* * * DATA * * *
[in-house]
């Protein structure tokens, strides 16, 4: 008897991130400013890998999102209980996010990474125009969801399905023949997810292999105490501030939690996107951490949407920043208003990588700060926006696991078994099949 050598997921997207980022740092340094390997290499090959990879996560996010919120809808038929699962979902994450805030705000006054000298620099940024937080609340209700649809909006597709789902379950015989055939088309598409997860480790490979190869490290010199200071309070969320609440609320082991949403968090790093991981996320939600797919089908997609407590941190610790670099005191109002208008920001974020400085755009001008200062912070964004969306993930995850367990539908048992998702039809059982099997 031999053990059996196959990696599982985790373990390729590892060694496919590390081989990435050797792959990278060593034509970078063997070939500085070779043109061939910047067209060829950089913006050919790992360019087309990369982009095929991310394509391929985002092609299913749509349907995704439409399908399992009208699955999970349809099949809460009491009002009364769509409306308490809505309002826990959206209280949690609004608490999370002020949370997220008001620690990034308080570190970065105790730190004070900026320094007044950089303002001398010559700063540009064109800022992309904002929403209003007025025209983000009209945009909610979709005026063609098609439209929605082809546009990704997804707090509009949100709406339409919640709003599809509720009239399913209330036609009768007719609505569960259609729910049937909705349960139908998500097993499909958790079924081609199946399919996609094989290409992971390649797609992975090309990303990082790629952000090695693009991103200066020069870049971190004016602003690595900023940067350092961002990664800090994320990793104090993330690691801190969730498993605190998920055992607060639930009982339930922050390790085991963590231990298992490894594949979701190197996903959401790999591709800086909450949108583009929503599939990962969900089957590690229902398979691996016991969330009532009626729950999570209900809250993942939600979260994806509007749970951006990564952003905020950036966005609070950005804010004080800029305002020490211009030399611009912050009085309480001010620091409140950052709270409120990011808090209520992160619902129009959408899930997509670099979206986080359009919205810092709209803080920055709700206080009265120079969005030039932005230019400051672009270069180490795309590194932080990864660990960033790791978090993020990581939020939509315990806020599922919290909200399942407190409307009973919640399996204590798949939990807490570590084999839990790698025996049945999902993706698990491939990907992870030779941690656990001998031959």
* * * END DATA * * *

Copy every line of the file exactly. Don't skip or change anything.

[in-house]
């Protein structure tokens, strides 16, 4: 008897991130400013890998999102209980996010990474125009969801399905023949997810292999105490501030939690996107951490949407920043208003990588700060926006696991078994099949 050598997921997207980022740092340094390997290499090959990879996560996010919120809808038929699962979902994450805030705000006054000298620099940024937080609340209700649809909006597709789902379950015989055939088309598409997860480790490979190869490290010199200071309070969320609440609320082991949403968090790093991981996320939600797919089908997609407590941190610790670099005191109002208008920001974020400085755009001008200062912070964004969306993930995850367990539908048992998702039809059982099997 031999053990059996196959990696599982985790373990390729590892060694496919590390081989990435050797792959990278060593034509970078063997070939500085070779043109061939910047067209060829950089913006050919790992360019087309990369982009095929991310394509391929985002092609299913749509349907995704439409399908399992009208699955999970349809099949809460009491009002009364769509409306308490809505309002826990959206209280949690609004608490999370002020949370997220008001620690990034308080570190970065105790730190004070900026320094007044950089303002001398010559700063540009064109800022992309904002929403209003007025025209983000009209945009909610979709005026063609098609439209929605082809546009990704997804707090509009949100709406339409919640709003599809509720009239399913209330036609009768007719609505569960259609729910049937909705349960139908998500097993499909958790079924081609199946399919996609094989290409992971390649797609992975090309990303990082790629952000090695693009991103200066020069870049971190004016602003690595900023940067350092961002990664800090994320990793104090993330690691801190969730498993605190998920055992607060639930009982339930922050390790085991963590231990298992490894594949979701190197996903959401790999591709800086909450949108583009929503599939990962969900089957590690229902398979691996016991969330009532009626729950999570209900809250993942939600979260994806509007749970951006990564952003905020950036966005609070950005804010004080800029305002020490211009030399611009912050009085309480001010620091409140950052709270409120990011808090209520992160619902129009959408899930997509670099979206986080359009919205810092709209803080920055709700206080009265120079969005030039932005230019400051672009270069180490795309590194932080990864660990960033790791978090993020990581939020939509315990806020599922919290909200399942407190409307009973919640399996204590798949939990807490570590084999839990790698025996049945999902993706698990491939990907992870030779941690656990001998031959």